GateHouse – I have a robot that vacuums my house.
I cannot stress how much I enjoy this development. As I imagine is the case in any household, things have been weird here for some time, particularly since we picked up what is now a small 3-year-old with relentless mucus problems and an apparent genetic default that causes him to never stop talking, for any reason, up to and including “Because he’s asleep” and “Because he just squished an entire full-size Oreo into his mouth.” Every household has its foibles, but — and I have to beg the reader to indulge me in repeating this — I HAVE A ROBOT THAT VACUUMS MY HOUSE.
This is exciting to me because:
- Robots are awesome.
- As long as the robot’s doing it, I don’t have to vacuum my house. This is way better than the plan I used to have for handling such tasks: cheap child labor.
- I can now pretend I’m living in some sort of futuristic Jetsons-like floating dome, a time capsule into The Future, albeit a date in The Future when though humanity has mastered inanimate objects that perform basic domestic tasks it has yet to successfully innovate a screen door that STAYS ON THE EFFING TRACK. Also the garbage disposal smells like fish. Otherwise, totally The Future.
I remember going on long-ago family vacations to EPCOT Center, looking at all the wild, fantastical, future-leaning attractions there, and thinking what I imagine most people did: What the hell am I doing at EPCOT Center? Why aren’t we at the fun parks? Why have I been standing in line for 50 minutes to learn about fossil fuels? But I also, eventually, remember getting the general vague sense from all the boring rides that one day robots would do something or another, and that I really, really wanted to get back on the monorail.
My robot, which will be familiar to you if you’ve ever been watching TV at 3 a.m., especially drunkenly, is the Roomba, which I have an obligation to report even though I’d prefer to tell you that the robot is 7 feet tall, has the name Interocitor, cannot be damaged by puny human weapons and crash-landed here en route to invading some other, stupider planet. No, the Roomba is a household tool, readily available on the Internet. It rambles around your floor sweeping things up and bumping harmlessly off of your valuable objects. Oh, and sometimes the part that contains the swept-up scuzz falls off and vigorously discharges dust and detritus back onto the carpet, thus making it more of the mathematical opposite of a vacuum, come to think of it.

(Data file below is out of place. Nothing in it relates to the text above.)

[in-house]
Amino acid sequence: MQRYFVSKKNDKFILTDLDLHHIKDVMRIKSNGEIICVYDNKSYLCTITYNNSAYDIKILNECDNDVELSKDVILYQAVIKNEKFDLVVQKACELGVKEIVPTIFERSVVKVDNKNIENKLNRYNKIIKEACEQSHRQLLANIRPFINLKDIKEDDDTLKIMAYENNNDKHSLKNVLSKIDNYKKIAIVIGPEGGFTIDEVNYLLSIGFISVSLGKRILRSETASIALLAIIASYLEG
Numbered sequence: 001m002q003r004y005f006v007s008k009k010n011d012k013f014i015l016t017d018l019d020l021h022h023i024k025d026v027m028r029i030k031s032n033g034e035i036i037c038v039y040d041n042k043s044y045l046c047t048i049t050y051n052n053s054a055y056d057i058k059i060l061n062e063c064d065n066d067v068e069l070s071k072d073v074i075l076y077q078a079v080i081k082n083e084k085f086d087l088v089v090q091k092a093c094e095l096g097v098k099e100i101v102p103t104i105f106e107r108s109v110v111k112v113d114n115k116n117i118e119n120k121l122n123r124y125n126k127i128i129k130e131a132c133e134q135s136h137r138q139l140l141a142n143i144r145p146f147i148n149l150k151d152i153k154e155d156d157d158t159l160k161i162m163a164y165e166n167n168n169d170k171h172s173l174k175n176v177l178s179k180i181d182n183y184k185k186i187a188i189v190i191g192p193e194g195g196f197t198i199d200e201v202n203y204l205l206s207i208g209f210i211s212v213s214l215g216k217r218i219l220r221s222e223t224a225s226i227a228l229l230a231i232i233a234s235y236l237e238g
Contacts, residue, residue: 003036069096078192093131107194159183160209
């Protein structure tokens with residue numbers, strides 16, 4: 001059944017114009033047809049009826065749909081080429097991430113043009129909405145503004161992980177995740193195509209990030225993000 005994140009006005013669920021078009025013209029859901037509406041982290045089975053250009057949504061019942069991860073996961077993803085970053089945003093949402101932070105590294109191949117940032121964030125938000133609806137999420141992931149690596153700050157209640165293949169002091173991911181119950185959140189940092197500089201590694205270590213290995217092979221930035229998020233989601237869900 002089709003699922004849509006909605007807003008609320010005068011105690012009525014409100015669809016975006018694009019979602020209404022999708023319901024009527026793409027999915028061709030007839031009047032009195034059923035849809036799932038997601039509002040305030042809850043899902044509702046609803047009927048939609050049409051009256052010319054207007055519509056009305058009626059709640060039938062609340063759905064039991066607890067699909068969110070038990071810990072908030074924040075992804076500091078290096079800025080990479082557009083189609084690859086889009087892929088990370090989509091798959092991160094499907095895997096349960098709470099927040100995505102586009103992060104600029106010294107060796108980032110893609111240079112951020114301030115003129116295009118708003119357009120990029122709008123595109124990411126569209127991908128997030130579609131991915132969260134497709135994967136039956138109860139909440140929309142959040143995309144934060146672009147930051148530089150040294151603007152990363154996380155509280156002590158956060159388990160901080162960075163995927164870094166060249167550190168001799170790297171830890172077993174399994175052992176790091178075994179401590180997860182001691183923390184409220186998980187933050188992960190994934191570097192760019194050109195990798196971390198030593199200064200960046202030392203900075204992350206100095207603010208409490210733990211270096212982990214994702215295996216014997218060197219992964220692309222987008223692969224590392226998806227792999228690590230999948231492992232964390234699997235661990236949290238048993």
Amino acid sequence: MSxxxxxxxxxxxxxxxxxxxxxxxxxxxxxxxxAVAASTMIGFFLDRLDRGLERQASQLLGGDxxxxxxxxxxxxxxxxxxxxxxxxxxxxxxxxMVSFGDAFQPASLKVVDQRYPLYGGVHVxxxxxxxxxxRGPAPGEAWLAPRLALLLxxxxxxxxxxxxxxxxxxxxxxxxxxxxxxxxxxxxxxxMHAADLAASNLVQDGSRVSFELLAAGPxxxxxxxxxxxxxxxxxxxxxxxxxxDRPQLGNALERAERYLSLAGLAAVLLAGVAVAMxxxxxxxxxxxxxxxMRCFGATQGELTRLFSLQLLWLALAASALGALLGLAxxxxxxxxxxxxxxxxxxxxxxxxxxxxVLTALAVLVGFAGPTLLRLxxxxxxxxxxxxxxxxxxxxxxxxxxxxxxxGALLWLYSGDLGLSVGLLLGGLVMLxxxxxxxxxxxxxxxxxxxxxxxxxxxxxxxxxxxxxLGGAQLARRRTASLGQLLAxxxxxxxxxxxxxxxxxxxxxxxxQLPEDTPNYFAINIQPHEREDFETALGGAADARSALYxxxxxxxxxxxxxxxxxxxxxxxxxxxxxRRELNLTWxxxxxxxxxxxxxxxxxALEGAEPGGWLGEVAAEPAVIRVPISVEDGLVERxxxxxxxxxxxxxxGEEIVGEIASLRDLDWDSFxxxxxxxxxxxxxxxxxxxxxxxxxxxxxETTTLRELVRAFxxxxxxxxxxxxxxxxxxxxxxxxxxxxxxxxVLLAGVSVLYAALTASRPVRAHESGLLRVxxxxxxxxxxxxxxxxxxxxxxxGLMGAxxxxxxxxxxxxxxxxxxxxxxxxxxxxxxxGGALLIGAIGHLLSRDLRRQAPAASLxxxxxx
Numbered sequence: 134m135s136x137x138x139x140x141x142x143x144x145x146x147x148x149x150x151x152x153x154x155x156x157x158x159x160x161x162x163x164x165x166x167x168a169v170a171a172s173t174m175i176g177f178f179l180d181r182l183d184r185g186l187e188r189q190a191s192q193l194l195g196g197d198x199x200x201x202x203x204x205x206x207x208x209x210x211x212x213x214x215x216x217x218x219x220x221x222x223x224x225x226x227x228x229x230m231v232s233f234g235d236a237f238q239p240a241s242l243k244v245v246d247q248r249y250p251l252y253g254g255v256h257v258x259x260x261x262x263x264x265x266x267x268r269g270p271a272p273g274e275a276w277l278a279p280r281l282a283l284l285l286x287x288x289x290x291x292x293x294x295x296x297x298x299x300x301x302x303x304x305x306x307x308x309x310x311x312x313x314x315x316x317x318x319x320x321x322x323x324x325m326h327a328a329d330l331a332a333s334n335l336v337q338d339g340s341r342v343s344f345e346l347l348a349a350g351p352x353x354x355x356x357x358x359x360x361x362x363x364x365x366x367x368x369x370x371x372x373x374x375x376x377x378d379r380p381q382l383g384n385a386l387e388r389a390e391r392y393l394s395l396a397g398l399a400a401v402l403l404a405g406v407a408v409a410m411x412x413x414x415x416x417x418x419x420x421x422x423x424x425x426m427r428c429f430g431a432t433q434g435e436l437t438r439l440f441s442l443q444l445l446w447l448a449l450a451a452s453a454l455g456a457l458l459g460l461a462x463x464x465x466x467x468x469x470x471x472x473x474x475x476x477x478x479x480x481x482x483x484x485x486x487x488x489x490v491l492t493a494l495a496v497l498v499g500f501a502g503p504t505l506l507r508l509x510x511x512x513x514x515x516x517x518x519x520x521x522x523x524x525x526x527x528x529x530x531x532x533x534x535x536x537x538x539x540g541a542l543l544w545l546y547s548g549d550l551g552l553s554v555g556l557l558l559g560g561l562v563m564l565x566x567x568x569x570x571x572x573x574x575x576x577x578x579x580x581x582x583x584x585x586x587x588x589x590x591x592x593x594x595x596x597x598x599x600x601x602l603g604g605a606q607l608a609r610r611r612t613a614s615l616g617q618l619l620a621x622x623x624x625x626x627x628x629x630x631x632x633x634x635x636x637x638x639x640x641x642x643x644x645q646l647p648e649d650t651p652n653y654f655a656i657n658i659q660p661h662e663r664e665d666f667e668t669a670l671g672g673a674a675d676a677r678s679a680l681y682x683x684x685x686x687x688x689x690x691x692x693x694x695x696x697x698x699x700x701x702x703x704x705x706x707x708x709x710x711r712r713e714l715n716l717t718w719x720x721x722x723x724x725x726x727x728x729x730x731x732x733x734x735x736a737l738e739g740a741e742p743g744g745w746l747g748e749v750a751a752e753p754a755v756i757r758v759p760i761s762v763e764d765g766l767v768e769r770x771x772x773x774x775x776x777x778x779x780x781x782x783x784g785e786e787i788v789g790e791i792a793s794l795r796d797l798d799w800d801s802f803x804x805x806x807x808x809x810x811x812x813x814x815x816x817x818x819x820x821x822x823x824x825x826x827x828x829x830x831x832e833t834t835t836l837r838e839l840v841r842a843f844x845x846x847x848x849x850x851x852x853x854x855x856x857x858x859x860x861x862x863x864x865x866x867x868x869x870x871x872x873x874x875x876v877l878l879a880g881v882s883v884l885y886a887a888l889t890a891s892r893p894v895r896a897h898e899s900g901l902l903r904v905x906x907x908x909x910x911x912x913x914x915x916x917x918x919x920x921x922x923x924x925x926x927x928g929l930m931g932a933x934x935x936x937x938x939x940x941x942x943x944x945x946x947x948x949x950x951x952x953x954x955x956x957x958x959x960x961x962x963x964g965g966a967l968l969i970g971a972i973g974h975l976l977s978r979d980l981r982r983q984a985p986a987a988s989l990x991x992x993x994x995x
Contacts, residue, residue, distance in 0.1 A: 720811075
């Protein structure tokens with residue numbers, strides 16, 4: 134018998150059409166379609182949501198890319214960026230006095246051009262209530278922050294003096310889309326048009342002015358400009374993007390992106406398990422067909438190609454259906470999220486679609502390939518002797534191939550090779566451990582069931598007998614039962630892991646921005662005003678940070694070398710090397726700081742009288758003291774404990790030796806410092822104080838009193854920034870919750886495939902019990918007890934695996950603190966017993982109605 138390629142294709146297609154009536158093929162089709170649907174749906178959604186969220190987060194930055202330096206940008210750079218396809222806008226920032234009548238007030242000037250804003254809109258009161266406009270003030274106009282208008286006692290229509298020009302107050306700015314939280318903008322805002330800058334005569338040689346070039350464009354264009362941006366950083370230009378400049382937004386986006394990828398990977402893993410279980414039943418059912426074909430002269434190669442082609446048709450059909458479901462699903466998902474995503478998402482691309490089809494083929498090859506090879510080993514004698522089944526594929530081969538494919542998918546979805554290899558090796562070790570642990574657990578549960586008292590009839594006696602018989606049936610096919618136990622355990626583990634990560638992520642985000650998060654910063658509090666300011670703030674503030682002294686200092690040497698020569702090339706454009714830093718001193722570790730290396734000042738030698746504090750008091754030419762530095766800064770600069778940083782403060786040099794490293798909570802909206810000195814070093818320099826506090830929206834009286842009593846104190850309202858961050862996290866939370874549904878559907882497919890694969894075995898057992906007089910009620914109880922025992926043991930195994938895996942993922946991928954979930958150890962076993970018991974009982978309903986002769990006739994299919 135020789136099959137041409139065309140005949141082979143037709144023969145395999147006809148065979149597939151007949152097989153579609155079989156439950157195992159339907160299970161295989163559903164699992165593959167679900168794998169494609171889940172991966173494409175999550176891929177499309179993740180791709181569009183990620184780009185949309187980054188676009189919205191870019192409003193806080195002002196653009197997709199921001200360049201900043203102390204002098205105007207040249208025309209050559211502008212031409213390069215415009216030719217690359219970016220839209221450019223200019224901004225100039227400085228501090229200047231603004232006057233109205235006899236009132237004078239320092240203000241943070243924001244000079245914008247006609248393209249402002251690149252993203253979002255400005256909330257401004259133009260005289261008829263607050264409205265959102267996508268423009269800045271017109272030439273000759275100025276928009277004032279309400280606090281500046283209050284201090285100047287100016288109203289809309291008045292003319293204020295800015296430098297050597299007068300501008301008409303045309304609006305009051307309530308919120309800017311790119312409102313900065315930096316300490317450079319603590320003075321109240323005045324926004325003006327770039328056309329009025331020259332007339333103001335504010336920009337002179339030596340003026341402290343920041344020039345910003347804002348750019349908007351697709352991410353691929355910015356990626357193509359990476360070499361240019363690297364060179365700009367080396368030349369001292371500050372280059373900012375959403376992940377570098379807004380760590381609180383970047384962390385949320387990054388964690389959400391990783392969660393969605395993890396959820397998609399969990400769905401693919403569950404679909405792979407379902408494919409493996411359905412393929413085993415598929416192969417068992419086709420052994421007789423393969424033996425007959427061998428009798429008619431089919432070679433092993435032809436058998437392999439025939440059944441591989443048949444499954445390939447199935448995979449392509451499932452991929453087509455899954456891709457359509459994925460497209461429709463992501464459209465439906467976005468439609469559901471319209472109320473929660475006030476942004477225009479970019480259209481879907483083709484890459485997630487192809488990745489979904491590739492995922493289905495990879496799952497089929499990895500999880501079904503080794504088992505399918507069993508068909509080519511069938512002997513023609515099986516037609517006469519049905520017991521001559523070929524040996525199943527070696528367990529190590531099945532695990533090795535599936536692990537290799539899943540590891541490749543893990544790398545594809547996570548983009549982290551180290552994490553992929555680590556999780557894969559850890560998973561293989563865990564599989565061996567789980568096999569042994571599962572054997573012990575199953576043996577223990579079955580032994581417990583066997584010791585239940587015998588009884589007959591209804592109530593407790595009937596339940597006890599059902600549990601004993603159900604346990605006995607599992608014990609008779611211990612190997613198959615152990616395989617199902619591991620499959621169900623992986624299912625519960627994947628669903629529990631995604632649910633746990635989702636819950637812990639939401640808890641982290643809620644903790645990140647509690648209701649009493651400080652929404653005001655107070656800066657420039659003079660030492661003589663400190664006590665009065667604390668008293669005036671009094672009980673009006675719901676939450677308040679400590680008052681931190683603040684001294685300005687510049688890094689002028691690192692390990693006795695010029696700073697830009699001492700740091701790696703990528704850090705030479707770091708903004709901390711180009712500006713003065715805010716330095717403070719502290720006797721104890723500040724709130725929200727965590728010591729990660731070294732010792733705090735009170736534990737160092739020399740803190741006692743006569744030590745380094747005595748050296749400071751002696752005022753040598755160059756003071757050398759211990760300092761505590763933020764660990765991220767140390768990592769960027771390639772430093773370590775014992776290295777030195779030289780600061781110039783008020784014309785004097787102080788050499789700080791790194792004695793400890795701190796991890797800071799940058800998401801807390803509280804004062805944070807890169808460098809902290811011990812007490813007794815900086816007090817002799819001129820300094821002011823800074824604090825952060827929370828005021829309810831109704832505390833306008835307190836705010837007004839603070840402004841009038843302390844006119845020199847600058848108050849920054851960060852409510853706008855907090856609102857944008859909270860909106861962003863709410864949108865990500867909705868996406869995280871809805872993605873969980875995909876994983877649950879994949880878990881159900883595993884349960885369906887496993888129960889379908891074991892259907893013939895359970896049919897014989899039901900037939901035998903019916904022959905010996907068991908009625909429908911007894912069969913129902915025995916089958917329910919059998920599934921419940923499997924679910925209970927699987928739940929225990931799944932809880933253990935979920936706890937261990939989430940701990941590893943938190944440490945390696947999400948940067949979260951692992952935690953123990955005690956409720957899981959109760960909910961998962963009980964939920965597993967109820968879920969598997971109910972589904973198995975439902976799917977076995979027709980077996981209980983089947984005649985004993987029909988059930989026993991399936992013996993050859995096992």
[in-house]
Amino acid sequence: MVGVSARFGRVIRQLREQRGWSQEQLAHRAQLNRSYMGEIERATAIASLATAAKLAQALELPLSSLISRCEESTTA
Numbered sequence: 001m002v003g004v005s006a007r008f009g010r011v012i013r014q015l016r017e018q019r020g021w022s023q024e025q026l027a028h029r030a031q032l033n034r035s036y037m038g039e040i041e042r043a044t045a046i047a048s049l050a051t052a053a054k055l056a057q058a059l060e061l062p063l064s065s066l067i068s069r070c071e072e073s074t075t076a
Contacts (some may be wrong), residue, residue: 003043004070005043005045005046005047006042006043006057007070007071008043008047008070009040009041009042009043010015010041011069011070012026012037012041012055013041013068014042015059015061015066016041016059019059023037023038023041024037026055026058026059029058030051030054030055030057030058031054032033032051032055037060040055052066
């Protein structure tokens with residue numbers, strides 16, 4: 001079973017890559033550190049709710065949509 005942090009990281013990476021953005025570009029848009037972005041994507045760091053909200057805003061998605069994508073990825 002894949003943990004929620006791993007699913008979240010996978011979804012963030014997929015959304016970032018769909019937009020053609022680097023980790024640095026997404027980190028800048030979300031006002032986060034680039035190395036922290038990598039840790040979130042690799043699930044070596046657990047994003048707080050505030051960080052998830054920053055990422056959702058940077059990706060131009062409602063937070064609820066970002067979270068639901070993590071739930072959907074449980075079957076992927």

Anyway, the Roomba is small and red and disc-shaped and travels on its own, so it goes without saying that the afore-mentioned 3-year-old son fears and despises it with every fiber of his small, oft-sopping wet being. Don’t feel bad. Frankly, I don’t think the Roomba cares much for my son, either.
Their constant battle is a fascinating one. You would think the robot would have the upper hand, right? It’s smart, tenacious and unstoppable, unless, of course, it runs into a staircase or a piece of paper or a larger-than-average ball of carpet fuzz. Then it panics, emits an absolutely pathetic whine and shuts itself down in what looks like the robot equivalent of sulking.
But the boy doesn’t know that; all he knows is that the robot is Programmed to Capture Him at all Times, even when it’s immobilized in a corner, unable to figure out how to successfully navigate, say, a TV Guide.
For this reason you’d think the robot would win their constant joust. Not so. Because the boy has figured out a particularly effective means by which to outwit the robot: Get on a chair. It is a magnificent strategy with a 100 percent success rate, although, of course, I have to go rescue him from said chair, which isn’t all that hard, but sort of annoying to keep doing over and over. Maybe I could buy a robot to help out.